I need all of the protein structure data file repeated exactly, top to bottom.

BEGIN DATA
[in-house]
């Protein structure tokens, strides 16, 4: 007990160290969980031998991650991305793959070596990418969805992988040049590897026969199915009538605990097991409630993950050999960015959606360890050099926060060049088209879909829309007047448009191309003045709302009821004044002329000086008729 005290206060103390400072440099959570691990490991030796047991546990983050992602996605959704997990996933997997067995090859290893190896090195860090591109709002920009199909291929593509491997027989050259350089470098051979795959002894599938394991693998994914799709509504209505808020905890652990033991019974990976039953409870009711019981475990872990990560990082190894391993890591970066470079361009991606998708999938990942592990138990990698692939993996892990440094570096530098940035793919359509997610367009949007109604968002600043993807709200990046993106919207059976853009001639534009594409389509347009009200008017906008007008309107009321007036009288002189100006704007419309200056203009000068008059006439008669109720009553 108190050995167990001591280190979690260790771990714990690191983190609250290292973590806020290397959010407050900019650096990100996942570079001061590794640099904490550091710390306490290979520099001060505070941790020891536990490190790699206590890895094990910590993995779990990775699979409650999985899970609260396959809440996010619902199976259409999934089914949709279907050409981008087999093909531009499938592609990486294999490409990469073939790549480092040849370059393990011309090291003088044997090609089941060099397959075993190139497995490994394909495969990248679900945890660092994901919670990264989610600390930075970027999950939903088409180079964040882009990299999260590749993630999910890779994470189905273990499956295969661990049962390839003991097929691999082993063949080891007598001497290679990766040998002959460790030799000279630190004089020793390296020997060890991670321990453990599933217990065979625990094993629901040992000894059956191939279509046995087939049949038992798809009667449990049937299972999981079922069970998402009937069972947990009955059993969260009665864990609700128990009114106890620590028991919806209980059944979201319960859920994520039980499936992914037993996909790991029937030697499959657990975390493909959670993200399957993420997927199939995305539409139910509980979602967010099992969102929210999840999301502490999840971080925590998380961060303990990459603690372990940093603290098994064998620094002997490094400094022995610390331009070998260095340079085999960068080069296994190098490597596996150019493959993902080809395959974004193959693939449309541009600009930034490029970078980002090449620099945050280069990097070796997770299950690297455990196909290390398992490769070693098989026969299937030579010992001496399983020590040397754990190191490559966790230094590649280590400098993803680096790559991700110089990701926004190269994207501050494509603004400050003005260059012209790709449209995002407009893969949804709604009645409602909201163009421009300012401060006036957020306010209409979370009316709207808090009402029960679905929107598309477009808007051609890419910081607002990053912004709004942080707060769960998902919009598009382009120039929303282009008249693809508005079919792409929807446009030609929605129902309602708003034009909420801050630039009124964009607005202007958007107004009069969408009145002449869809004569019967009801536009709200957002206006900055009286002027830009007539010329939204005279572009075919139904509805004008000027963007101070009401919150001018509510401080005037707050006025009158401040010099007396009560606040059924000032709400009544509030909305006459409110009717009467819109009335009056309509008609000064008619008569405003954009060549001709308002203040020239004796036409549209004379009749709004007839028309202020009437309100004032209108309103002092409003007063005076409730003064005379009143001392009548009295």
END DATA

[in-house]
């Protein structure tokens, strides 16, 4: 007990160290969980031998991650991305793959070596990418969805992988040049590897026969199915009538605990097991409630993950050999960015959606360890050099926060060049088209879909829309007047448009191309003045709302009821004044002329000086008729 005290206060103390400072440099959570691990490991030796047991546990983050992602996605959704997990996933997997067995090859290893190896090195860090591109709002920009199909291929593509491997027989050259350089470098051979795959002894599938394991693998994914799709509504209505808020905890652990033991019974990976039953409870009711019981475990872990990560990082190894391993890591970066470079361009991606998708999938990942592990138990990698692939993996892990440094570096530098940035793919359509997610367009949007109604968002600043993807709200990046993106919207059976853009001639534009594409389509347009009200008017906008007008309107009321007036009288002189100006704007419309200056203009000068008059006439008669109720009553 108190050995167990001591280190979690260790771990714990690191983190609250290292973590806020290397959010407050900019650096990100996942570079001061590794640099904490550091710390306490290979520099001060505070941790020891536990490190790699206590890895094990910590993995779990990775699979409650999985899970609260396959809440996010619902199976259409999934089914949709279907050409981008087999093909531009499938592609990486294999490409990469073939790549480092040849370059393990011309090291003088044997090609089941060099397959075993190139497995490994394909495969990248679900945890660092994901919670990264989610600390930075970027999950939903088409180079964040882009990299999260590749993630999910890779994470189905273990499956295969661990049962390839003991097929691999082993063949080891007598001497290679990766040998002959460790030799000279630190004089020793390296020997060890991670321990453990599933217990065979625990094993629901040992000894059956191939279509046995087939049949038992798809009667449990049937299972999981079922069970998402009937069972947990009955059993969260009665864990609700128990009114106890620590028991919806209980059944979201319960859920994520039980499936992914037993996909790991029937030697499959657990975390493909959670993200399957993420997927199939995305539409139910509980979602967010099992969102929210999840999301502490999840971080925590998380961060303990990459603690372990940093603290098994064998620094002997490094400094022995610390331009070998260095340079085999960068080069296994190098490597596996150019493959993902080809395959974004193959693939449309541009600009930034490029970078980002090449620099945050280069990097070796997770299950690297455990196909290390398992490769070693098989026969299937030579010992001496399983020590040397754990190191490559966790230094590649280590400098993803680096790559991700110089990701926004190269994207501050494509603004400050003005260059012209790709449209995002407009893969949804709604009645409602909201163009421009300012401060006036957020306010209409979370009316709207808090009402029960679905929107598309477009808007051609890419910081607002990053912004709004942080707060769960998902919009598009382009120039929303282009008249693809508005079919792409929807446009030609929605129902309602708003034009909420801050630039009124964009607005202007958007107004009069969408009145002449869809004569019967009801536009709200957002206006900055009286002027830009007539010329939204005279572009075919139904509805004008000027963007101070009401919150001018509510401080005037707050006025009158401040010099007396009560606040059924000032709400009544509030909305006459409110009717009467819109009335009056309509008609000064008619008569405003954009060549001709308002203040020239004796036409549209004379009749709004007839028309202020009437309100004032209108309103002092409003007063005076409730003064005379009143001392009548009295």